Immigration u-turns ‘reflect role of public opinion’
Radhakrishna N S
By Sunder Katwala
Director, British Future thinktank
THE immigration bill currently before parliament is the biggest change in British immigration policy for 40 years, though it has had a much lower profile than it would have done in usual times.
The bill was carried comfortably – the second reading majority of 351 votes to 252 last week reflecting this government’s confidence it can get its legislation through parliament.
Yet, within three days, there have been two government u-turns on immigration policy. The first saw the government extend its policy of unconditional leave to remain for the families of NHS workers who have died of Covid-19, accepting that this should apply not just to doctors and nurses, but also to cleaners and porters, and to care workers outside the NHS too.
The second saw an overnight change on the NHS surcharge – an additional fee for all time-limited visas from outside the EU – scrapping this charge for NHS and care workers.
Prime minister Boris Johnson defended the policy against questioning from Labour leader Keir Starmer, as necessary to raise resources, but changed his mind overnight. It was no coincidence that the change of policy came late on a Thursday afternoon, a few hours before the ninth weekly round of applause for NHS and care workers.
This was a clear example of how this new weekly ritual, in which about half of the population of the country have participated, adds to political and media pressure on a government for policy change.
Surveys showed majority support for scrapping the surcharge for health workers, but support for the policy in principle. Yet most people would never have heard of the NHS surcharge before this argument to scrap it.
Though government and opposition politicians are constantly devising policies designed to reassure the public, it was striking how few participants in British Future’s National Conversation on Immigration had heard of them. The intuition that migrants should pay into public services like the NHS is a popular one, reflecting the contributory view of public services. The counter that migrants already do this, by paying their taxes, is less well known. Though the evidence is that migrants make a ‘net contribution’ to the public finances, most people find the meaning of such terms rather abstract.
The government will try to limit the exemption to NHS and care workers. Campaigners might ask it to show its workings – as to why the extra payment is fair, given the taxes paid. The fairness case might also be communicated more effectively if NHS staff advocate alongside others – for example, a nurse who is relieved at no longer having to pay the extra fee asking why it is fair for a primary school teacher to do so.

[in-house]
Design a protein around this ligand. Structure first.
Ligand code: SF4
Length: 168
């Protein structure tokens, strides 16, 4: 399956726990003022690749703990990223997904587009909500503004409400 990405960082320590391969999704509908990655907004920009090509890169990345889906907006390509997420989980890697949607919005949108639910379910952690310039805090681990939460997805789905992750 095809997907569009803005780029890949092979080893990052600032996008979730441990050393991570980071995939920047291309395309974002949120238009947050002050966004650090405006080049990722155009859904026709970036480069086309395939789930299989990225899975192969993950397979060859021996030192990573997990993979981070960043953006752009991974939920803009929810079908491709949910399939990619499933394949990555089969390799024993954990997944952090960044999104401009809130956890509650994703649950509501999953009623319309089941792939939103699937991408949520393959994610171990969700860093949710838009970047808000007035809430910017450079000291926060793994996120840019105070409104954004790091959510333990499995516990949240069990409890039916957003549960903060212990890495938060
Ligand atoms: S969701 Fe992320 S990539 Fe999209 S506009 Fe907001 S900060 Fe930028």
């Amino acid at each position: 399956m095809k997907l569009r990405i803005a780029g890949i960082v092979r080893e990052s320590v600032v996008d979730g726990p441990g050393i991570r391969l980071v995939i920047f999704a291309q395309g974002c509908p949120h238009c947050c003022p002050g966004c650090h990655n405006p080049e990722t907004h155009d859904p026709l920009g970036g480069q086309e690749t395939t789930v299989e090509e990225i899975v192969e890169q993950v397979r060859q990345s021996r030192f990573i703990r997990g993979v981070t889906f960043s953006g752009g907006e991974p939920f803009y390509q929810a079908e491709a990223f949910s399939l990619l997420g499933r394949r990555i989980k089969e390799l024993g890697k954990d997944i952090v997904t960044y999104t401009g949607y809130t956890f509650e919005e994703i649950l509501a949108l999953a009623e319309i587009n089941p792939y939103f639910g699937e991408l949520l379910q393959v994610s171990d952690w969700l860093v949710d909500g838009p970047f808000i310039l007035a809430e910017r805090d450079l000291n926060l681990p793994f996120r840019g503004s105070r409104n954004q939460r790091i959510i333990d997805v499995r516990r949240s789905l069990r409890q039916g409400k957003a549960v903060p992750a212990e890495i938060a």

The debate took place in a mostly virtual parliament, so that MPs spoke in turn without the usual interventions and exchanges, making it easier for the parties to talk past each other. The Conservatives emphasised the end of free movement, as what the voters wanted. Labour MPs spoke about the increased awareness of so-called “low-skilled” workers. The SNP argued that Scotland’s views and needs were different.
Tory backbenchers mostly spoke about the new rules being fairer and more welcoming to migrants from outside the EU, rather than talking about reducing immigration significantly.
The latest quarterly figures showed rising non-EU migration while EU net migration has fallen, though future policy will be made in a very different post-pandemic economic context.
Both government u-turns illustrate the type of “winning coalition” that might persuade a Conservative majority government to change its mind. Opposition parties can give an issue profile, but there needs to be significant pressure from its own backbenchers. The government is sensitive to media pressure, especially when it reflects shifting public attitudes on immigration.
The immigration bill debate highlighted a number of other issues where coalitions of “unusual allies” might coalesce to make policy changes possible in this parliament. Former immigration minister Caroline Nokes spoke for a new approach to social care in devising the new system. David Davis, a supporter of ending free movement, is seeking cross-party support for ending indefinite detention, with a time-limit and proper judicial oversight. Alberto Costa called for a review of citizenship policy, including the highest citizenship fees in the world. And Yvette Cooper, chair of the Home Affairs Committee, drew some flak on social media for saying that she would abstain on the bill, so as to seek to broker consensus on constructive amendments.
During this reset moment for Britain’s immigration system, influencing policy outcomes will depend on efforts to bridge the different political tribes.